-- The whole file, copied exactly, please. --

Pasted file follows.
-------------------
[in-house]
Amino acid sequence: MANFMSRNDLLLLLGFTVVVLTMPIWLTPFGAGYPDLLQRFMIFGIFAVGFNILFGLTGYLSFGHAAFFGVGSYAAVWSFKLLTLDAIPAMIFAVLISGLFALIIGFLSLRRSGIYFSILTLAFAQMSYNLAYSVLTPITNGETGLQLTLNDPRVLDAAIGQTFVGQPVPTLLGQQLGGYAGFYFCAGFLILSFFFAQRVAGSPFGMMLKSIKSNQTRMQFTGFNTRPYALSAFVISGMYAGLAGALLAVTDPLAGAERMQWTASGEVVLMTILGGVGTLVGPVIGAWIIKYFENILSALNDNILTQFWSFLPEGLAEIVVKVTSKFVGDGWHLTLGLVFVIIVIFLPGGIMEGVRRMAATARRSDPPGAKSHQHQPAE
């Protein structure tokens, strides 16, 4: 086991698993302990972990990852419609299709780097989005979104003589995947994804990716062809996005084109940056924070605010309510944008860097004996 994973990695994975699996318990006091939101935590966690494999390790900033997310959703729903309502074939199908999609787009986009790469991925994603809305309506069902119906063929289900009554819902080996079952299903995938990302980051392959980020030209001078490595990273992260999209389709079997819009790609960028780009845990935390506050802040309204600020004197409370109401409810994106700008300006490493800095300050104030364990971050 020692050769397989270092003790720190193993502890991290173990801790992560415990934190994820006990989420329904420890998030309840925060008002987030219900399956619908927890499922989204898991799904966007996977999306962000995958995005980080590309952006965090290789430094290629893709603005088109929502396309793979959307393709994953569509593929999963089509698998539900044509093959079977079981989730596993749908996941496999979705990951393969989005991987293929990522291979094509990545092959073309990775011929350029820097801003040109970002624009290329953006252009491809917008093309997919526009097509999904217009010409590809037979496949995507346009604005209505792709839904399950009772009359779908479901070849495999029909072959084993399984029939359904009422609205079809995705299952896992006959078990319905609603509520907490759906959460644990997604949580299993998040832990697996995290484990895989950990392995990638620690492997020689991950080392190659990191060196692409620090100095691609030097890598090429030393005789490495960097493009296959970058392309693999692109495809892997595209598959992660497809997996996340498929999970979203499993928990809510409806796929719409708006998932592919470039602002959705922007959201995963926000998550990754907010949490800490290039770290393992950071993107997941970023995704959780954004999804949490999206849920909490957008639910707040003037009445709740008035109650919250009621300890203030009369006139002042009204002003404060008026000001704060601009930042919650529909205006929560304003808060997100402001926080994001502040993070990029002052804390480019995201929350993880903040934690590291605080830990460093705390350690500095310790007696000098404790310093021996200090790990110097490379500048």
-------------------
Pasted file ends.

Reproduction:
[in-house]
Amino acid sequence: MANFMSRNDLLLLLGFTVVVLTMPIWLTPFGAGYPDLLQRFMIFGIFAVGFNILFGLTGYLSFGHAAFFGVGSYAAVWSFKLLTLDAIPAMIFAVLISGLFALIIGFLSLRRSGIYFSILTLAFAQMSYNLAYSVLTPITNGETGLQLTLNDPRVLDAAIGQTFVGQPVPTLLGQQLGGYAGFYFCAGFLILSFFFAQRVAGSPFGMMLKSIKSNQTRMQFTGFNTRPYALSAFVISGMYAGLAGALLAVTDPLAGAERMQWTASGEVVLMTILGGVGTLVGPVIGAWIIKYFENILSALNDNILTQFWSFLPEGLAEIVVKVTSKFVGDGWHLTLGLVFVIIVIFLPGGIMEGVRRMAATARRSDPPGAKSHQHQPAE
């Protein structure tokens, strides 16, 4: 086991698993302990972990990852419609299709780097989005979104003589995947994804990716062809996005084109940056924070605010309510944008860097004996 994973990695994975699996318990006091939101935590966690494999390790900033997310959703729903309502074939199908999609787009986009790469991925994603809305309506069902119906063929289900009554819902080996079952299903995938990302980051392959980020030209001078490595990273992260999209389709079997819009790609960028780009845990935390506050802040309204600020004197409370109401409810994106700008300006490493800095300050104030364990971050 020692050769397989270092003790720190193993502890991290173990801790992560415990934190994820006990989420329904420890998030309840925060008002987030219900399956619908927890499922989204898991799904966007996977999306962000995958995005980080590309952006965090290789430094290629893709603005088109929502396309793979959307393709994953569509593929999963089509698998539900044509093959079977079981989730596993749908996941496999979705990951393969989005991987293929990522291979094509990545092959073309990775011929350029820097801003040109970002624009290329953006252009491809917008093309997919526009097509999904217009010409590809037979496949995507346009604005209505792709839904399950009772009359779908479901070849495999029909072959084993399984029939359904009422609205079809995705299952896992006959078990319905609603509520907490759906959460644990997604949580299993998040832990697996995290484990895989950990392995990638620690492997020689991950080392190659990191060196692409620090100095691609030097890598090429030393005789490495960097493009296959970058392309693999692109495809892997595209598959992660497809997996996340498929999970979203499993928990809510409806796929719409708006998932592919470039602002959705922007959201995963926000998550990754907010949490800490290039770290393992950071993107997941970023995704959780954004999804949490999206849920909490957008639910707040003037009445709740008035109650919250009621300890203030009369006139002042009204002003404060008026000001704060601009930042919650529909205006929560304003808060997100402001926080994001502040993070990029002052804390480019995201929350993880903040934690590291605080830990460093705390350690500095310790007696000098404790310093021996200090790990110097490379500048």